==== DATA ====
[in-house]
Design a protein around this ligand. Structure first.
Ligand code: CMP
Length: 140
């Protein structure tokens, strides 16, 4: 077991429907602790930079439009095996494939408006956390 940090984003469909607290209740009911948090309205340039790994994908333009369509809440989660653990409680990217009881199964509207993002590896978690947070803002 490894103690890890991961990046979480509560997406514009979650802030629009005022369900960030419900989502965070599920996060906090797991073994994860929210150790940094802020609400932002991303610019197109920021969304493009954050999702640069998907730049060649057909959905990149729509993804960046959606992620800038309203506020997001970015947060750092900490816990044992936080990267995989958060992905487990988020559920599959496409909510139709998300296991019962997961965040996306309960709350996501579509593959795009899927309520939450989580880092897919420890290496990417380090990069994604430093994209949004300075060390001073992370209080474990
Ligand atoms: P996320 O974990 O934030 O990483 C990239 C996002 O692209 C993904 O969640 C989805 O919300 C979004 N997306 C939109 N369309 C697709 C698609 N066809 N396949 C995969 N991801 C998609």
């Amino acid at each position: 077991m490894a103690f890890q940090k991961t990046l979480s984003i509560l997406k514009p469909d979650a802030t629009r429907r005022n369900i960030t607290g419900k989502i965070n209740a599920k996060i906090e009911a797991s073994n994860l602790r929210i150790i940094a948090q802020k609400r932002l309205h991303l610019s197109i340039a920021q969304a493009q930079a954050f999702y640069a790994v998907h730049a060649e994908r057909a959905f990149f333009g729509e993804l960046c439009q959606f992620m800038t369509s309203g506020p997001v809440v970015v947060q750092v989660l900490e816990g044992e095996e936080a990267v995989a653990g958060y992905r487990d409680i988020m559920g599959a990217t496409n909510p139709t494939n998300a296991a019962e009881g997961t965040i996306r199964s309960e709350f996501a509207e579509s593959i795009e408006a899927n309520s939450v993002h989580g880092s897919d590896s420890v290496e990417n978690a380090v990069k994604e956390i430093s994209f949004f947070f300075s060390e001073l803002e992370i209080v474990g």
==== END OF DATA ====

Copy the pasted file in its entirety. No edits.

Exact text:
[in-house]
Design a protein around this ligand. Structure first.
Ligand code: CMP
Length: 140
């Protein structure tokens, strides 16, 4: 077991429907602790930079439009095996494939408006956390 940090984003469909607290209740009911948090309205340039790994994908333009369509809440989660653990409680990217009881199964509207993002590896978690947070803002 490894103690890890991961990046979480509560997406514009979650802030629009005022369900960030419900989502965070599920996060906090797991073994994860929210150790940094802020609400932002991303610019197109920021969304493009954050999702640069998907730049060649057909959905990149729509993804960046959606992620800038309203506020997001970015947060750092900490816990044992936080990267995989958060992905487990988020559920599959496409909510139709998300296991019962997961965040996306309960709350996501579509593959795009899927309520939450989580880092897919420890290496990417380090990069994604430093994209949004300075060390001073992370209080474990
Ligand atoms: P996320 O974990 O934030 O990483 C990239 C996002 O692209 C993904 O969640 C989805 O919300 C979004 N997306 C939109 N369309 C697709 C698609 N066809 N396949 C995969 N991801 C998609």
């Amino acid at each position: 077991m490894a103690f890890q940090k991961t990046l979480s984003i509560l997406k514009p469909d979650a802030t629009r429907r005022n369900i960030t607290g419900k989502i965070n209740a599920k996060i906090e009911a797991s073994n994860l602790r929210i150790i940094a948090q802020k609400r932002l309205h991303l610019s197109i340039a920021q969304a493009q930079a954050f999702y640069a790994v998907h730049a060649e994908r057909a959905f990149f333009g729509e993804l960046c439009q959606f992620m800038t369509s309203g506020p997001v809440v970015v947060q750092v989660l900490e816990g044992e095996e936080a990267v995989a653990g958060y992905r487990d409680i988020m559920g599959a990217t496409n909510p139709t494939n998300a296991a019962e009881g997961t965040i996306r199964s309960e709350f996501a509207e579509s593959i795009e408006a899927n309520s939450v993002h989580g880092s897919d590896s420890v290496e990417n978690a380090v990069k994604e956390i430093s994209f949004f947070f300075s060390e001073l803002e992370i209080v474990g």